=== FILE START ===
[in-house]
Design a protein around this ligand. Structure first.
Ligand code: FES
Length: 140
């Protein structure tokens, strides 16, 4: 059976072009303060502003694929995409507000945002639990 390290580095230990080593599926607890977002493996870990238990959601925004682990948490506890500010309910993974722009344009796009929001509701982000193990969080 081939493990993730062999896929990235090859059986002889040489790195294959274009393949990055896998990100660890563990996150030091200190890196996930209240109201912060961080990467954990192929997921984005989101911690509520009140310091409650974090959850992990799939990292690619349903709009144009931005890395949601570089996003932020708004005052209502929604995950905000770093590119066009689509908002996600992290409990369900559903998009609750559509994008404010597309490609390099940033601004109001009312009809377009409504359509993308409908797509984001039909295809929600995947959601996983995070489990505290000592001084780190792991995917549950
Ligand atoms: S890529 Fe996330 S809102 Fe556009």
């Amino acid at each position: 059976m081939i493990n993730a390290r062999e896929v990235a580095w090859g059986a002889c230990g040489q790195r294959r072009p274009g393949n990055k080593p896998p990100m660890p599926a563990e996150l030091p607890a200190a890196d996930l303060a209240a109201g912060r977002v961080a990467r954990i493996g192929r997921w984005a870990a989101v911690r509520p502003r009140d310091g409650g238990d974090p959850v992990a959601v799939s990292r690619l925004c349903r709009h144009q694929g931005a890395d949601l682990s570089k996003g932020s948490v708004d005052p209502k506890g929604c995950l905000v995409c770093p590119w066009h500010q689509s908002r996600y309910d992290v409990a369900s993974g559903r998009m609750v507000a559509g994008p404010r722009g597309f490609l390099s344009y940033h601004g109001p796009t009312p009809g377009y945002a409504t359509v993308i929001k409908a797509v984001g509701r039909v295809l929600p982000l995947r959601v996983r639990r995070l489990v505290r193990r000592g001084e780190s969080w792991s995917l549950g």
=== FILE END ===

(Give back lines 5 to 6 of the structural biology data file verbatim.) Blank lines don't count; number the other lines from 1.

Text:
């Protein structure tokens, strides 16, 4: 059976072009303060502003694929995409507000945002639990 390290580095230990080593599926607890977002493996870990238990959601925004682990948490506890500010309910993974722009344009796009929001509701982000193990969080 081939493990993730062999896929990235090859059986002889040489790195294959274009393949990055896998990100660890563990996150030091200190890196996930209240109201912060961080990467954990192929997921984005989101911690509520009140310091409650974090959850992990799939990292690619349903709009144009931005890395949601570089996003932020708004005052209502929604995950905000770093590119066009689509908002996600992290409990369900559903998009609750559509994008404010597309490609390099940033601004109001009312009809377009409504359509993308409908797509984001039909295809929600995947959601996983995070489990505290000592001084780190792991995917549950
Ligand atoms: S890529 Fe996330 S809102 Fe556009």